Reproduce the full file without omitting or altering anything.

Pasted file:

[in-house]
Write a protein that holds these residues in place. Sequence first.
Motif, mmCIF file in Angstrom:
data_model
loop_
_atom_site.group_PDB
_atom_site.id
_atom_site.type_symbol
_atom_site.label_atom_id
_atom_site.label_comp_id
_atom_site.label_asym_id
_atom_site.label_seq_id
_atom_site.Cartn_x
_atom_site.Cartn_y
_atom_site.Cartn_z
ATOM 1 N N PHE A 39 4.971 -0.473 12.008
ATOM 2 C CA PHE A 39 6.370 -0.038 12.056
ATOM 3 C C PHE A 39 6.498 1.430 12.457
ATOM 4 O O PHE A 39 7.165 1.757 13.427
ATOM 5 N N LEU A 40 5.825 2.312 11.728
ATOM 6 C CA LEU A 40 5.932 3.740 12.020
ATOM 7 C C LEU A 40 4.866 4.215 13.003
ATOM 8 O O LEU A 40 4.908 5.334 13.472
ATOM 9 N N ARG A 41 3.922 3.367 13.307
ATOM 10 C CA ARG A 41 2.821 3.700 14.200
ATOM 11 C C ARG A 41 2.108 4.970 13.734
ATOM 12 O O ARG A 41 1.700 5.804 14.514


[in-house]
Write a protein that holds these residues in place. Sequence first.
Motif, mmCIF file in Angstrom:
data_model
loop_
_atom_site.group_PDB
_atom_site.id
_atom_site.type_symbol
_atom_site.label_atom_id
_atom_site.label_comp_id
_atom_site.label_asym_id
_atom_site.label_seq_id
_atom_site.Cartn_x
_atom_site.Cartn_y
_atom_site.Cartn_z
ATOM 1 N N PHE A 39 4.971 -0.473 12.008
ATOM 2 C CA PHE A 39 6.370 -0.038 12.056
ATOM 3 C C PHE A 39 6.498 1.430 12.457
ATOM 4 O O PHE A 39 7.165 1.757 13.427
ATOM 5 N N LEU A 40 5.825 2.312 11.728
ATOM 6 C CA LEU A 40 5.932 3.740 12.020
ATOM 7 C C LEU A 40 4.866 4.215 13.003
ATOM 8 O O LEU A 40 4.908 5.334 13.472
ATOM 9 N N ARG A 41 3.922 3.367 13.307
ATOM 10 C CA ARG A 41 2.821 3.700 14.200
ATOM 11 C C ARG A 41 2.108 4.970 13.734
ATOM 12 O O ARG A 41 1.700 5.804 14.514